China’s economic-planning and environmental protection arms are again at odds on whether to continue the more-stringent auto-emissions standards as planned, said the Wall Street Journal.
The National Development and Reform Commission said it wants to delay the implementation of the standards after the July 1 deadline, while the Environmental Protection Administration insisted that it will go ahead with enforcing its rules on the deadline.
China’s new standards for auto emissions attempt to match the so-called Euro III rules imposed in the European Union seven years ago. Strangely, while the commission claimed oil refiners are not ready to produce enough low-sulfur gasoline for the standards to be rolled out, China’s main oil refiners, Sinopec and PetroChina, said they already have the capacity to make the cleaner fuel, according to the WSJ.
From the WSJ, By Shai Oster and Gordon Fairlough:
China’s economic planners say they want to delay nationwide enforcement of more-stringent auto-emissions standards, a decision that could mean greater levels of pollution in already-dirty skies as 24,000 new cars, trucks and buses hit Chinese roads each day.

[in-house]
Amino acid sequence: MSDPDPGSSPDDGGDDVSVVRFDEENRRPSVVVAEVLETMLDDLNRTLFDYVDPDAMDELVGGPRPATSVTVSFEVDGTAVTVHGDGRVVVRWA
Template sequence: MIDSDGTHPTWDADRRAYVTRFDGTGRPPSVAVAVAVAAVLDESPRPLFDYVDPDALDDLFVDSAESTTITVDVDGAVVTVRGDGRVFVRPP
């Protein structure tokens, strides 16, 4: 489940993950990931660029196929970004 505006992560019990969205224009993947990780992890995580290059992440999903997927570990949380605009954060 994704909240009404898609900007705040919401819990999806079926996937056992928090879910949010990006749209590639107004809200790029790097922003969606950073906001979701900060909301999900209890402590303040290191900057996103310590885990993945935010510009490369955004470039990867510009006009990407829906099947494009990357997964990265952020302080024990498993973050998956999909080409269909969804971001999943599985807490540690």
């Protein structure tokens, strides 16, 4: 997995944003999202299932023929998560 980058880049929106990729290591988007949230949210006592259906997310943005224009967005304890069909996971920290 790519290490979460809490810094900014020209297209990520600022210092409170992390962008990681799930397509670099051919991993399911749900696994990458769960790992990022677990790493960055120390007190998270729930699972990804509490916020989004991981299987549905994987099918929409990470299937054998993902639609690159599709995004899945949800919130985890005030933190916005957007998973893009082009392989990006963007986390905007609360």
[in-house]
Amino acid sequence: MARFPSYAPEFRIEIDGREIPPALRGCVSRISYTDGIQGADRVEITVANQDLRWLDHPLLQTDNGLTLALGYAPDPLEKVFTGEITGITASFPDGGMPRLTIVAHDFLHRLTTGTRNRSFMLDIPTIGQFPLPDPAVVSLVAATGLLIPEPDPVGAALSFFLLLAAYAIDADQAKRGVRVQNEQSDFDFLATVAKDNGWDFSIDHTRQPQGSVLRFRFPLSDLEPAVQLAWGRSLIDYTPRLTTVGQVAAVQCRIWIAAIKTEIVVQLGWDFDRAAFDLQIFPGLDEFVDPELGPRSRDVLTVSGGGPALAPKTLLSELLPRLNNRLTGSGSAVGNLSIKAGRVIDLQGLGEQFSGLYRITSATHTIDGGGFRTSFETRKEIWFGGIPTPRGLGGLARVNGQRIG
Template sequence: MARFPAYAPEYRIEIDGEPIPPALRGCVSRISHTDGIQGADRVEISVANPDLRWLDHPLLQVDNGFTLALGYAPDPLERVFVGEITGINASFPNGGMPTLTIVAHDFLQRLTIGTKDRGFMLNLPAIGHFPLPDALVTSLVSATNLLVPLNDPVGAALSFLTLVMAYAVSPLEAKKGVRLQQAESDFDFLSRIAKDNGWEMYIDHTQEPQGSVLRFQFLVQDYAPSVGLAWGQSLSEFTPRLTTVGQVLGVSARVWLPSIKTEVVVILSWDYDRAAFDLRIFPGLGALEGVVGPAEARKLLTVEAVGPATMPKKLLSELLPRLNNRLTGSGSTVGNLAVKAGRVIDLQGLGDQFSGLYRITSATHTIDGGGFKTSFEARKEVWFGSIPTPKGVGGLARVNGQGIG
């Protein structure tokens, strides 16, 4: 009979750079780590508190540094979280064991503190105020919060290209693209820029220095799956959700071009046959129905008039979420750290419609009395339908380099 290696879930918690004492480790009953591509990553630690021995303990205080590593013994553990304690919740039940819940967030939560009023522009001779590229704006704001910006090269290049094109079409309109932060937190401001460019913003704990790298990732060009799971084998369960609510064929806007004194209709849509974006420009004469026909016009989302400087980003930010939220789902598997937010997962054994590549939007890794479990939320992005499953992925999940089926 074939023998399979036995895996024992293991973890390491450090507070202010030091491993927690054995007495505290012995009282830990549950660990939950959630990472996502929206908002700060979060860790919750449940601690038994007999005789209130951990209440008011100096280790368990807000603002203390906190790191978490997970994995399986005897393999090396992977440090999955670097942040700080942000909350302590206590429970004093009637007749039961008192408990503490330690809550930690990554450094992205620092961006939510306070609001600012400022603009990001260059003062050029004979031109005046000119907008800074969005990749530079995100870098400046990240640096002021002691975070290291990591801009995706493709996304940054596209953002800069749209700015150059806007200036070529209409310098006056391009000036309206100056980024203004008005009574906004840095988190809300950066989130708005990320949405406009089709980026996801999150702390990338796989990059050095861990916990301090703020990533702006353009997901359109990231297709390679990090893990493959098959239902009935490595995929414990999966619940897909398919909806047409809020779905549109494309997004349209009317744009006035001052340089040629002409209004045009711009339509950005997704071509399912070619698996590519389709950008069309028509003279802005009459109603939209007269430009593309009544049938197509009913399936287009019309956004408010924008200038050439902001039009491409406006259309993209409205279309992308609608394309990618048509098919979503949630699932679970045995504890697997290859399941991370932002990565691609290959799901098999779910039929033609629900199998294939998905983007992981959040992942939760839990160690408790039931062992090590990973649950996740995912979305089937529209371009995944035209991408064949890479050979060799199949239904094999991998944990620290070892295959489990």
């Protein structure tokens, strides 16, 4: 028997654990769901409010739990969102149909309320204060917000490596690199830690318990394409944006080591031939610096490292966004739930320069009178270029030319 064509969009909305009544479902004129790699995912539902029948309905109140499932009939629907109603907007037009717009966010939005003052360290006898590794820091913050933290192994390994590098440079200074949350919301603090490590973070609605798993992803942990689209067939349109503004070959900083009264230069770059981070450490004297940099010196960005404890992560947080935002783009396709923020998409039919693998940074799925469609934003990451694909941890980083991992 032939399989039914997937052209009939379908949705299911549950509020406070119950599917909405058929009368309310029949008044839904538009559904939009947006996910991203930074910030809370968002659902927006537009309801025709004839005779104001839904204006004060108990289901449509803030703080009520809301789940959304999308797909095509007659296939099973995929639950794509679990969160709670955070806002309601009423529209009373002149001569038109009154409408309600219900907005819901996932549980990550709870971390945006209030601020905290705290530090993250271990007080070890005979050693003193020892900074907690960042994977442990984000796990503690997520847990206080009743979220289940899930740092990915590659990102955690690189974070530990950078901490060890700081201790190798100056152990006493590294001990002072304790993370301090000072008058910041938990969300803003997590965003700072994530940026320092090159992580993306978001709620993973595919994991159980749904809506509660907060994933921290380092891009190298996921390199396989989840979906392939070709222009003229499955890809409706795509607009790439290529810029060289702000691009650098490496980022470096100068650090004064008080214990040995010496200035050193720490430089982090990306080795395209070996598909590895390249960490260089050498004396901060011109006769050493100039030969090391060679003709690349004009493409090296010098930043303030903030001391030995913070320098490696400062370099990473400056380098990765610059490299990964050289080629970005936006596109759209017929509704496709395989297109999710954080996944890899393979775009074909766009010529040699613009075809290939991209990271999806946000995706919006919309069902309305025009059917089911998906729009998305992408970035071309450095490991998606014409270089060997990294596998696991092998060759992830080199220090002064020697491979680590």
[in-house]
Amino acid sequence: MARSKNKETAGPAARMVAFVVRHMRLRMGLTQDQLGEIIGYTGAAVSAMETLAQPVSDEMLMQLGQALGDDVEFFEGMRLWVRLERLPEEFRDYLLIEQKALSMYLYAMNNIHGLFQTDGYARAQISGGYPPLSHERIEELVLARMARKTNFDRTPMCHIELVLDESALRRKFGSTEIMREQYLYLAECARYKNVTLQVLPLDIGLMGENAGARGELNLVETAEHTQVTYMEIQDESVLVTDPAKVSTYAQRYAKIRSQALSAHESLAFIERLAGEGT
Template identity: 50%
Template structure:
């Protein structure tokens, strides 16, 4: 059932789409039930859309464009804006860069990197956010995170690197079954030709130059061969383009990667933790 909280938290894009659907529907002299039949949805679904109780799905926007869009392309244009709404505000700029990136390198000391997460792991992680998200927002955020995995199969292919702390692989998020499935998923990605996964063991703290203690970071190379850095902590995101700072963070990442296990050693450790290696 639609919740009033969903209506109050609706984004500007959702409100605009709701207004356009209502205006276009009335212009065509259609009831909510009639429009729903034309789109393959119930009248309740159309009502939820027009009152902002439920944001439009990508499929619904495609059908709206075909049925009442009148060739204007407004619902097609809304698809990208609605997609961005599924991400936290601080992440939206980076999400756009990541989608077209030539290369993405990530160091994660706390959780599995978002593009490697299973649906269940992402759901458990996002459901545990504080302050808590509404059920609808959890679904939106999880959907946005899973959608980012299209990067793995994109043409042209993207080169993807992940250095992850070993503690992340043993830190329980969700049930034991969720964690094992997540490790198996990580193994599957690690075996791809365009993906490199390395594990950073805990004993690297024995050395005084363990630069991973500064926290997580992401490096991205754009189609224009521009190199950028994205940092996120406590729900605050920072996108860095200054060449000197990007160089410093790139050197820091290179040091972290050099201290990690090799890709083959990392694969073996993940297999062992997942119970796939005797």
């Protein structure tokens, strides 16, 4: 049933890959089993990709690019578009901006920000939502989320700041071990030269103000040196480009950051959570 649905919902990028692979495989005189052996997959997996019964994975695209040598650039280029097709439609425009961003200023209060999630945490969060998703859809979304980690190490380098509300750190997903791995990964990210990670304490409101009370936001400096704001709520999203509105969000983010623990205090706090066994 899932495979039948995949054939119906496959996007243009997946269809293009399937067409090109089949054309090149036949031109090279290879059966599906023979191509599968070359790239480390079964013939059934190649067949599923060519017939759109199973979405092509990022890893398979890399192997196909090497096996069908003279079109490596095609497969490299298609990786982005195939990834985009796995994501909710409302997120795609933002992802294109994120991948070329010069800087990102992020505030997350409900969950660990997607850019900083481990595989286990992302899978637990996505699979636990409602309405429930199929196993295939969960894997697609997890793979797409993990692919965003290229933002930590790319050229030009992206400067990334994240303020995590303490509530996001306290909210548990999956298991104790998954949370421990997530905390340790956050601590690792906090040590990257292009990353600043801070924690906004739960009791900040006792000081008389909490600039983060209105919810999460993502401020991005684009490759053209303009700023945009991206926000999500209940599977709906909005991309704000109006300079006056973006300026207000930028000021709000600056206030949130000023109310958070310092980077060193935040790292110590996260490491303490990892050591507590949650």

The National Development and Reform Commission has in effect overruled the country’s relatively weak environmental-protection agency, saying its July 1 deadline for tighter emission controls is impractical. The commission said enforcement of the new standard should instead be phased in over years.
China’s State Environmental Protection Administration has set new standards for auto emissions that are essentially the same as the so-called Euro III rules imposed in the European Union seven years ago.[Full Text and Subscribers Only]